Thursday, May. 30, 2024

Pepper Pulls Off A Win At CDS Southern Junior Championships

Aboard Leonardo, she earns the fourth level title and puts her hunter roots behind her.



Aboard Leonardo, she earns the fourth level title and puts her hunter roots behind her.

Admittedly, dressage was not Jaclyn Pepper’s first love. Originally a hunter rider, she only started dressage lessons because her mother insisted. But now she’s hooked, and after winning the fourth level championship at the California Dressage Society Southern Junior Championships, Aug. 21-23 in Burbank, Calif., she’s looking forward to moving up to the young rider level soon.

Pepper, now 16, started showing hunters when she was 10. But her mother Lisa wanted Jaclyn to start taking dressage lessons with her own trainer, Allison Harding at Dove Hollow Dressage Center in Olivenhain, Calif. That was 21⁄2 years ago, and now Jaclyn is selling one of her hunters and has the other leased out.

Before leasing her winning CDS partner, Leonardo, from owner Sharon McCormick, Jaclyn had only shown at first level on her mother’s Haflinger. Last November she started riding Leonardo, a 16.3-hand, 16-year-old Dutch Warmblood gelding who is trained through Intermediaire I. They competed together for the first time in January.

“I was really excited jumping from first level to fourth,” said Jaclyn. “It’s so different. I was not expecting it to be that much harder, but it was really exciting. I showed fourth level at one show and then moved up to Prix St. Georges at the Dressage Affaire [Calif.] in March. It’s a huge jump from fourth level to Prix St. Georges.”

Jaclyn trailered in to the Los Angeles Equestrian Center on Friday evening and didn’t get a chance to practice in the Equidome before her tests on Saturday.

“I was worried about how he would be in the indoor, but he was good,” said Jaclyn.

In Jaclyn’s first test of the day, there was some confusion regarding which level she was riding, fourth or Prix St. Georges. She entered the arena prepared to ride fourth level, test 2, but the judge had her down for Prix St. Georges.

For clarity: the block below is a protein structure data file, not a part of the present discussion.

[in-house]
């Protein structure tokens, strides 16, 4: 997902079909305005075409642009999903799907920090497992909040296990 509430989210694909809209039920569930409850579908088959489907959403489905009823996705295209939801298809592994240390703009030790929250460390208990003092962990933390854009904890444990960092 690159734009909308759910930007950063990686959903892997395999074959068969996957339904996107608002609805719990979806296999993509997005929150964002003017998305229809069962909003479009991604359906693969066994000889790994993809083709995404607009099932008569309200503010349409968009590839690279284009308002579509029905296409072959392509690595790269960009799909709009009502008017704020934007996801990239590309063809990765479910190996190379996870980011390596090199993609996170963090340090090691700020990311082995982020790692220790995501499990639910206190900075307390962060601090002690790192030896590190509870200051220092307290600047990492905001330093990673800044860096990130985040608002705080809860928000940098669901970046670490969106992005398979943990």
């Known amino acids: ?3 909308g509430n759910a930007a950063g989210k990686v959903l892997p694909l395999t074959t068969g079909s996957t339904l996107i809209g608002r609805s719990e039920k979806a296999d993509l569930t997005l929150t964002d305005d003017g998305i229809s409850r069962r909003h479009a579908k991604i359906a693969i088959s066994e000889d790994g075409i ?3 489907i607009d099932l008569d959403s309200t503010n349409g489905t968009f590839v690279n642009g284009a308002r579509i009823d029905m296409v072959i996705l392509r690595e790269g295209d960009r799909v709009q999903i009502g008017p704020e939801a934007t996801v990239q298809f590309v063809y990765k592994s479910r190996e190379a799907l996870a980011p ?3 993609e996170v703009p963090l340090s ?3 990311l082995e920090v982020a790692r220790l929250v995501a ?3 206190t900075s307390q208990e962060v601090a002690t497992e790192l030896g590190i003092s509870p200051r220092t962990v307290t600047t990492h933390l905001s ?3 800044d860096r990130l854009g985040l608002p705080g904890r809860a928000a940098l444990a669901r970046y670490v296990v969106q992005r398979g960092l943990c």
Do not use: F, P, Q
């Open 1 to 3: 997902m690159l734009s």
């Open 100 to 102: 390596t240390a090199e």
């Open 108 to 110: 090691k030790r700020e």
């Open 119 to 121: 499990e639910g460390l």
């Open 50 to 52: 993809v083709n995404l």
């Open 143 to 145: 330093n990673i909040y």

“I had to run out and change coats and run in and do Prix St. Georges,” explained Jaclyn. “So I was a little distracted. But it was pretty good for the first test at a show. Leonardo can get really strong in the bridle, but he’s getting better about it. He behaved himself. He just gets really excited at horse shows. He likes them. And he doesn’t act his age.”

She declared that afternoon’s fourth level test to be the best she’d ever ridden. “We got a 66 percent. It was awesome!” said Jaclyn with a grin.

Jaclyn’s Prix St. Georges on Sunday was much better without the distractions, and she scored 66.25 percent. Her 65.61 percent in her fourth level, test 3, ride easily put her in first place for the fourth level championship with a 65.93 percent average.


Jaclyn was up at 4 a.m. each morning and at the show grounds by 4:30 a.m. for her early morning rides. “The show was really fun, and I can’t wait to go back next year!” said Jaclyn, of Rancho Santa Fe, Calif.

She will be shopping for a horse to do young riders on as soon as her hunter sells. “I’m really excited about it,” she said. “I love dressage.”

Dressage Genes

Risan Naness of Burbank, Calif., won the second level championship on her 13-hand, palomino New Forest Pony, Golden Star. They scored 64.76 percent in second level, test 3, on Saturday.

“I had a really good ride, and he was a really good boy,” said Naness, 12. “I really went for it today. I kind of went a little too much, but it was good schooling for him. We normally show in the Equidome so he’s used to that arena. He’s not spooky at all.”